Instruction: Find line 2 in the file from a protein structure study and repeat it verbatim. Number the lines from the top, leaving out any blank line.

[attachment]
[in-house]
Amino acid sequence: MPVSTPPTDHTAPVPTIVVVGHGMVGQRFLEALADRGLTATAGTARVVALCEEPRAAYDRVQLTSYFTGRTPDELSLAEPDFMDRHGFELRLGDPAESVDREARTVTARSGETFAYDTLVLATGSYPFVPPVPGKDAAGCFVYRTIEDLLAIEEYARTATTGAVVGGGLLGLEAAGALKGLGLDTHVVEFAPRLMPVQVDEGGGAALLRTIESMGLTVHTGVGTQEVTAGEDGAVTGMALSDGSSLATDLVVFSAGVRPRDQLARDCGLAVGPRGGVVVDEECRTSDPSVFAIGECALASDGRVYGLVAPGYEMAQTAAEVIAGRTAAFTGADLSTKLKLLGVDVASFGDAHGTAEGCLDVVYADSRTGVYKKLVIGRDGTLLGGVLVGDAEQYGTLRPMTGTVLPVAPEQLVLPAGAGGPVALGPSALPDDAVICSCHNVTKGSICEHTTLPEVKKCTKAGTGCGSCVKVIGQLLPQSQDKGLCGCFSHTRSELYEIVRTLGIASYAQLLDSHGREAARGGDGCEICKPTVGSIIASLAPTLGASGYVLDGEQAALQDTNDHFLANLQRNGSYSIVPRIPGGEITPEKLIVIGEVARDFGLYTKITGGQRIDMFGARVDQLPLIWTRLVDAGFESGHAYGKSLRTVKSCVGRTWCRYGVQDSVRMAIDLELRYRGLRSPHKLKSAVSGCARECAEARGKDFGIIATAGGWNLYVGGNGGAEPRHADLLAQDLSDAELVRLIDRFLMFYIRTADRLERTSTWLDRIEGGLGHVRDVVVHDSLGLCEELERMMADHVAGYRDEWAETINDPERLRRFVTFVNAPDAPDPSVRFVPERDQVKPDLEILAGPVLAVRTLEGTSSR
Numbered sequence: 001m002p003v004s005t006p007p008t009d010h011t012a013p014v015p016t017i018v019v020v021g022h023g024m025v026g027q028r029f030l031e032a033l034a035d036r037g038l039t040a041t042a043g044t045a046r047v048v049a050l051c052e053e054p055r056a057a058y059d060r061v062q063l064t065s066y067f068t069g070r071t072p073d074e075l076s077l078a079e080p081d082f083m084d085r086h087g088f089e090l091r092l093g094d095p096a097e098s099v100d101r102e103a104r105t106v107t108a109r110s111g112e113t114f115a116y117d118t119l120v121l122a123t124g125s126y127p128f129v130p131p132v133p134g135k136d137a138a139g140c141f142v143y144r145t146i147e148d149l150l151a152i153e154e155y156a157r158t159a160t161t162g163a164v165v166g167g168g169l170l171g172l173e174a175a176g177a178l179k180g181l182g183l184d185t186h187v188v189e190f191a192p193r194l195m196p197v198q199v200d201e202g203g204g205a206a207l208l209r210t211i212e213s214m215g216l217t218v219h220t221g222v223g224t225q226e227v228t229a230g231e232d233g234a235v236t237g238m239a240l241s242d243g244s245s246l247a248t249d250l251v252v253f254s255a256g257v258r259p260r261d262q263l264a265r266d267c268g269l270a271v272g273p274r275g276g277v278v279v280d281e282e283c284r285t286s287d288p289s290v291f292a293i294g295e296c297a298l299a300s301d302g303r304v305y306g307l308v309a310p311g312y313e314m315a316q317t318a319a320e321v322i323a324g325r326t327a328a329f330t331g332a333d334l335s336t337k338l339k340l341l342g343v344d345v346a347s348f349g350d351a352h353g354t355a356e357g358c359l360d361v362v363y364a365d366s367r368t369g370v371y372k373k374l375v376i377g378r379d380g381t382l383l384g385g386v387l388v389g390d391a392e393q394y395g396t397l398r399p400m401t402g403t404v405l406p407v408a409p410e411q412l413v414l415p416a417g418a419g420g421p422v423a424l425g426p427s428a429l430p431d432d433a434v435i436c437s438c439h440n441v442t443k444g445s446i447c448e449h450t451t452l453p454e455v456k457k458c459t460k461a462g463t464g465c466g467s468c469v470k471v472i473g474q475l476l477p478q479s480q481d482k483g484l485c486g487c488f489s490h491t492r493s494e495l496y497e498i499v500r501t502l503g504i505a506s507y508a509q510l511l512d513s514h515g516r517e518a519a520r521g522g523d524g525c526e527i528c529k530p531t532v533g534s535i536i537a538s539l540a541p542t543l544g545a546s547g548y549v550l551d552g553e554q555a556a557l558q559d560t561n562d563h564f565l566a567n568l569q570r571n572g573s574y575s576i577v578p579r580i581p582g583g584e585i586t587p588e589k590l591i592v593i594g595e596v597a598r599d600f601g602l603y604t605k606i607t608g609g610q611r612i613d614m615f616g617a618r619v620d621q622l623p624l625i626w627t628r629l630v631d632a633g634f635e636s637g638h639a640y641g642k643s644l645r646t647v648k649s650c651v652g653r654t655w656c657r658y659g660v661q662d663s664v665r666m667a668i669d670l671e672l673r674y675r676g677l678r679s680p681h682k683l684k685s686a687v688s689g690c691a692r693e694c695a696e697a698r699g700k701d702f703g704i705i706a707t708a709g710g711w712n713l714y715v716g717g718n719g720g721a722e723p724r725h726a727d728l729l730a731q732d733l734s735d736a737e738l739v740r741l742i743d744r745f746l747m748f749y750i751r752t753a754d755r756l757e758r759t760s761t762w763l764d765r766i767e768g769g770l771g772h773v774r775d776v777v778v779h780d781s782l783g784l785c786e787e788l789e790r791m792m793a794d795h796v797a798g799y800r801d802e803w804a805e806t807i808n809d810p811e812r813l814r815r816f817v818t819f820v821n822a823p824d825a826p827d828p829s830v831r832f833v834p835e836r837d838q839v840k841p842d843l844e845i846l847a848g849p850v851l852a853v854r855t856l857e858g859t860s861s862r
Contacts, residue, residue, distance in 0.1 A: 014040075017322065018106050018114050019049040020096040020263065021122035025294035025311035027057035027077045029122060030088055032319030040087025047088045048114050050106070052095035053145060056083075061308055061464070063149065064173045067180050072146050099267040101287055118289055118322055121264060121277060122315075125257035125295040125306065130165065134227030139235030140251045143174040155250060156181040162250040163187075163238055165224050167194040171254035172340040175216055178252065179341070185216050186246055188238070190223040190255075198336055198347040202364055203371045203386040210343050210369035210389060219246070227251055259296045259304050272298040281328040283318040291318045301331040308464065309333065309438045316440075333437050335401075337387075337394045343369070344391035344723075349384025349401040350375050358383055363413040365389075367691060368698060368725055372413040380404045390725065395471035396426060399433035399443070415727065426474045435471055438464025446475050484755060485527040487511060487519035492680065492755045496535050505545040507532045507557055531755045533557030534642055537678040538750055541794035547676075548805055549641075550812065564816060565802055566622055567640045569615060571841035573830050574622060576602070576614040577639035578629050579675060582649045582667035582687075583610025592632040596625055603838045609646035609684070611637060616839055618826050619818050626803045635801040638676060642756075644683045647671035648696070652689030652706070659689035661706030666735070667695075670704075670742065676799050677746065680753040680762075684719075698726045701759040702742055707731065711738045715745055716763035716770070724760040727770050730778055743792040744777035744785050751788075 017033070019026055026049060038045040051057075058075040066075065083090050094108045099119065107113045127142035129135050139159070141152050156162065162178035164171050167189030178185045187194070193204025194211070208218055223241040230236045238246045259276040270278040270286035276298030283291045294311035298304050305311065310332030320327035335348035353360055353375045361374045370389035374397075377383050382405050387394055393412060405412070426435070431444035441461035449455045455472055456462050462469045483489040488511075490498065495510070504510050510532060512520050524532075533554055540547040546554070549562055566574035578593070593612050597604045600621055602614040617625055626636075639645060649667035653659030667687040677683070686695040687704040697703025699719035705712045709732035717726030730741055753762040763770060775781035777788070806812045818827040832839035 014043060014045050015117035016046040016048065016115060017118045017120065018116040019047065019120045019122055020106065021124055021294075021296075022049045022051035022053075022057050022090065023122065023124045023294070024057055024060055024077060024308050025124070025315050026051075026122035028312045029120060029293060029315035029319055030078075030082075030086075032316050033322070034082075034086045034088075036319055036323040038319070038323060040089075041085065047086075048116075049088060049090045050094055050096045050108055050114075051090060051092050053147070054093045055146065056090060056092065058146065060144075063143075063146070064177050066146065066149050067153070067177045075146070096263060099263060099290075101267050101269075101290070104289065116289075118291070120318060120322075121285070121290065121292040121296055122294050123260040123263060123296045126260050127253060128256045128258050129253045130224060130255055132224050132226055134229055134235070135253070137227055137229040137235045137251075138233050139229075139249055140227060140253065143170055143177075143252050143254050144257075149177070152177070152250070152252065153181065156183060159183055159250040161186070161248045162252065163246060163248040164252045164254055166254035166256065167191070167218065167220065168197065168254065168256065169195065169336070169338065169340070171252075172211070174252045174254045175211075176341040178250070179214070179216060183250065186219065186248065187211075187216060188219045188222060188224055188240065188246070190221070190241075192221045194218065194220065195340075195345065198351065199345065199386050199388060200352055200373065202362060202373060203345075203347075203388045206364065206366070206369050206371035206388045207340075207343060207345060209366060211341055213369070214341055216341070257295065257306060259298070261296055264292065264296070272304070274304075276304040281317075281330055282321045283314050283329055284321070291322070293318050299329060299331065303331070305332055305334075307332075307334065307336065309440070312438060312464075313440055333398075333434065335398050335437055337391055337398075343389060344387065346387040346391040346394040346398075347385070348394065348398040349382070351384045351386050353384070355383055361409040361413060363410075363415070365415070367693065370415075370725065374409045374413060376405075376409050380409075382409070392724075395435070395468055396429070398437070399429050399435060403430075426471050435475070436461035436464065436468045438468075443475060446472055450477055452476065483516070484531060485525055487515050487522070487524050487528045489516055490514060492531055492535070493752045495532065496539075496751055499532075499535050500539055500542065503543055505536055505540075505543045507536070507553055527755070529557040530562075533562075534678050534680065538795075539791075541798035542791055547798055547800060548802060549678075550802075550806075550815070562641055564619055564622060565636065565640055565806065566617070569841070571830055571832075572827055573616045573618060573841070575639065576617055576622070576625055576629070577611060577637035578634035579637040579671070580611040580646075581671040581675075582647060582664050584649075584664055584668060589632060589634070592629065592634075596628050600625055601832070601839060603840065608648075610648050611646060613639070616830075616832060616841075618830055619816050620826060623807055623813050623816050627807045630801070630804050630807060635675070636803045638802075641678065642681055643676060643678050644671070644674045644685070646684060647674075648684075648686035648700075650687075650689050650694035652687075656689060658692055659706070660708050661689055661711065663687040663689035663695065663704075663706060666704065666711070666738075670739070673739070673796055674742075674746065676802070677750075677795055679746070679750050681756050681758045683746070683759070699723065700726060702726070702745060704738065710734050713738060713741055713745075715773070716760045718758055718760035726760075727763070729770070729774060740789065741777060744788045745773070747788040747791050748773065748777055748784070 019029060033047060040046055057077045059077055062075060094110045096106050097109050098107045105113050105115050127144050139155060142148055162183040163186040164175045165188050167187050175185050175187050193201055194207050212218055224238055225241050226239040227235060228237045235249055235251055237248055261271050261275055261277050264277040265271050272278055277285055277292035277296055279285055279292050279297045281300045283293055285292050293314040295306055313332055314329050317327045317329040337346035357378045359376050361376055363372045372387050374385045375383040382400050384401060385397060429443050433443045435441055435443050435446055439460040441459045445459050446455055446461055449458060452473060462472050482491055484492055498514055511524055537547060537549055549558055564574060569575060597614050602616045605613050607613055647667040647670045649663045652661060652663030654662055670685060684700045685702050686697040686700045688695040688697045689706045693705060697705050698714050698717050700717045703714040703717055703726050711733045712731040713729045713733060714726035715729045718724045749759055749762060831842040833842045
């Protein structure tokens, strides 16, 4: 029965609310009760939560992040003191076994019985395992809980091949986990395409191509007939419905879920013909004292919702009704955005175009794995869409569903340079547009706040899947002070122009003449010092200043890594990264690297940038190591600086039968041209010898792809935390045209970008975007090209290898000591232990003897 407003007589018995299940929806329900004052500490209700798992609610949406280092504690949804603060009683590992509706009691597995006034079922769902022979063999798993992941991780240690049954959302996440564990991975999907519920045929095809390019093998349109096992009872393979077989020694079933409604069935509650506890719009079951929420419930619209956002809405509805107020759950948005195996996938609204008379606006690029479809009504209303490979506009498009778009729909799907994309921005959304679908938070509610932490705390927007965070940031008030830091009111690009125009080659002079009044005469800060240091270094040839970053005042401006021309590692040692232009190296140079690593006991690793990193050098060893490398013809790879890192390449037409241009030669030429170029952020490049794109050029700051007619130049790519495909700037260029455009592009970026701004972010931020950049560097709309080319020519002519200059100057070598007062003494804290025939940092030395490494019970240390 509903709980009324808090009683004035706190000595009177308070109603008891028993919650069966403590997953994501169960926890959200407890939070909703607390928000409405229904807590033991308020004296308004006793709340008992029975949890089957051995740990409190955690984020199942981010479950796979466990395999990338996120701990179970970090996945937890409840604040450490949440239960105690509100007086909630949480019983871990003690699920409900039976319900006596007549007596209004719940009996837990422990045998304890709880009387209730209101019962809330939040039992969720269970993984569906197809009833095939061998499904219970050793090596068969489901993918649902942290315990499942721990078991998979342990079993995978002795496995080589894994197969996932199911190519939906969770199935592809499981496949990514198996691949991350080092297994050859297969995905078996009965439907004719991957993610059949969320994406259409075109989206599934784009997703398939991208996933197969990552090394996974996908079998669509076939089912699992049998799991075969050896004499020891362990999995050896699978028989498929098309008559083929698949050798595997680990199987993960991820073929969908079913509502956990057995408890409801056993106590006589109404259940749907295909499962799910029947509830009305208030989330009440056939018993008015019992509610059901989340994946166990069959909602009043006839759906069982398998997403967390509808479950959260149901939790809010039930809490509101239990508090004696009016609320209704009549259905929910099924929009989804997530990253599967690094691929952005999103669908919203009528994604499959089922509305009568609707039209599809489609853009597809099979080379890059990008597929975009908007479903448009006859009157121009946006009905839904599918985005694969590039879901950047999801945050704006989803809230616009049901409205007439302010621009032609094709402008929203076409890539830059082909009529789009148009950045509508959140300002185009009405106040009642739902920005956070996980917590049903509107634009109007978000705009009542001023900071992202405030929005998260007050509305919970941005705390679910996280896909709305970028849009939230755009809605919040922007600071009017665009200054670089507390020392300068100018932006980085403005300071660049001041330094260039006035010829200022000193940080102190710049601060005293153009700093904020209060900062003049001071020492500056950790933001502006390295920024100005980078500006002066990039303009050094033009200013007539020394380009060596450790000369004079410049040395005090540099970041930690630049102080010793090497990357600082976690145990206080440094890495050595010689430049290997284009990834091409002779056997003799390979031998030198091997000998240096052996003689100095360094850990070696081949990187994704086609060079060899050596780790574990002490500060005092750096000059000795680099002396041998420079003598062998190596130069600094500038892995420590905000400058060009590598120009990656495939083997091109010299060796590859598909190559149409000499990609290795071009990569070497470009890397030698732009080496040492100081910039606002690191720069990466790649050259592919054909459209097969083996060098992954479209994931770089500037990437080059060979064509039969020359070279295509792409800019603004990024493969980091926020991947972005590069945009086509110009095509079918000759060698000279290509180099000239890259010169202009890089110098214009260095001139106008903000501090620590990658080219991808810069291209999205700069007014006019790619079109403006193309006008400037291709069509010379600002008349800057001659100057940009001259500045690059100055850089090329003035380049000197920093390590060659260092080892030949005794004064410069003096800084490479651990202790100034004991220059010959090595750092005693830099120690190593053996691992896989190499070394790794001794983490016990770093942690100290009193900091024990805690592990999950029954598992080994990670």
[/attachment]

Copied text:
Amino acid sequence: MPVSTPPTDHTAPVPTIVVVGHGMVGQRFLEALADRGLTATAGTARVVALCEEPRAAYDRVQLTSYFTGRTPDELSLAEPDFMDRHGFELRLGDPAESVDREARTVTARSGETFAYDTLVLATGSYPFVPPVPGKDAAGCFVYRTIEDLLAIEEYARTATTGAVVGGGLLGLEAAGALKGLGLDTHVVEFAPRLMPVQVDEGGGAALLRTIESMGLTVHTGVGTQEVTAGEDGAVTGMALSDGSSLATDLVVFSAGVRPRDQLARDCGLAVGPRGGVVVDEECRTSDPSVFAIGECALASDGRVYGLVAPGYEMAQTAAEVIAGRTAAFTGADLSTKLKLLGVDVASFGDAHGTAEGCLDVVYADSRTGVYKKLVIGRDGTLLGGVLVGDAEQYGTLRPMTGTVLPVAPEQLVLPAGAGGPVALGPSALPDDAVICSCHNVTKGSICEHTTLPEVKKCTKAGTGCGSCVKVIGQLLPQSQDKGLCGCFSHTRSELYEIVRTLGIASYAQLLDSHGREAARGGDGCEICKPTVGSIIASLAPTLGASGYVLDGEQAALQDTNDHFLANLQRNGSYSIVPRIPGGEITPEKLIVIGEVARDFGLYTKITGGQRIDMFGARVDQLPLIWTRLVDAGFESGHAYGKSLRTVKSCVGRTWCRYGVQDSVRMAIDLELRYRGLRSPHKLKSAVSGCARECAEARGKDFGIIATAGGWNLYVGGNGGAEPRHADLLAQDLSDAELVRLIDRFLMFYIRTADRLERTSTWLDRIEGGLGHVRDVVVHDSLGLCEELERMMADHVAGYRDEWAETINDPERLRRFVTFVNAPDAPDPSVRFVPERDQVKPDLEILAGPVLAVRTLEGTSSR